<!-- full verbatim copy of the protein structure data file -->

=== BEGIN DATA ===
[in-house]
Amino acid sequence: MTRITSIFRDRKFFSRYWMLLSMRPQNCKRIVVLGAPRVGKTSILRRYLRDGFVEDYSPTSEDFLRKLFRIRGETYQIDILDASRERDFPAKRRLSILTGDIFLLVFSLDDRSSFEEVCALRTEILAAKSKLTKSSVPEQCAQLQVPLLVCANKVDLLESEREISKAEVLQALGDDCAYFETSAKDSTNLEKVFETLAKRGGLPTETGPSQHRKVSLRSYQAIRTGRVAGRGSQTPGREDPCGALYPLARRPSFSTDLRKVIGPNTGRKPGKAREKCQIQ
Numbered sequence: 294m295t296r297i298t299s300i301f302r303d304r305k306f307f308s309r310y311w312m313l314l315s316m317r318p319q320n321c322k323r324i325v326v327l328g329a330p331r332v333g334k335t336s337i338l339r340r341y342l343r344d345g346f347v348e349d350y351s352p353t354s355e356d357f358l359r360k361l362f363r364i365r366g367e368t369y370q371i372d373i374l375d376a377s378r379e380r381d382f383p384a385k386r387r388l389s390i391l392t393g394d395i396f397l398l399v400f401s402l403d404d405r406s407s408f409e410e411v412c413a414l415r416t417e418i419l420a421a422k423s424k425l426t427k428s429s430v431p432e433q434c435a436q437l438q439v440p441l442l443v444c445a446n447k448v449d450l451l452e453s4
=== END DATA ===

[in-house]
Amino acid sequence: MTRITSIFRDRKFFSRYWMLLSMRPQNCKRIVVLGAPRVGKTSILRRYLRDGFVEDYSPTSEDFLRKLFRIRGETYQIDILDASRERDFPAKRRLSILTGDIFLLVFSLDDRSSFEEVCALRTEILAAKSKLTKSSVPEQCAQLQVPLLVCANKVDLLESEREISKAEVLQALGDDCAYFETSAKDSTNLEKVFETLAKRGGLPTETGPSQHRKVSLRSYQAIRTGRVAGRGSQTPGREDPCGALYPLARRPSFSTDLRKVIGPNTGRKPGKAREKCQIQ
Numbered sequence: 294m295t296r297i298t299s300i301f302r303d304r305k306f307f308s309r310y311w312m313l314l315s316m317r318p319q320n321c322k323r324i325v326v327l328g329a330p331r332v333g334k335t336s337i338l339r340r341y342l343r344d345g346f347v348e349d350y351s352p353t354s355e356d357f358l359r360k361l362f363r364i365r366g367e368t369y370q371i372d373i374l375d376a377s378r379e380r381d382f383p384a385k386r387r388l389s390i391l392t393g394d395i396f397l398l399v400f401s402l403d404d405r406s407s408f409e410e411v412c413a414l415r416t417e418i419l420a421a422k423s424k425l426t427k428s429s430v431p432e433q434c435a436q437l438q439v440p441l442l443v444c445a446n447k448v449d450l451l452e453s4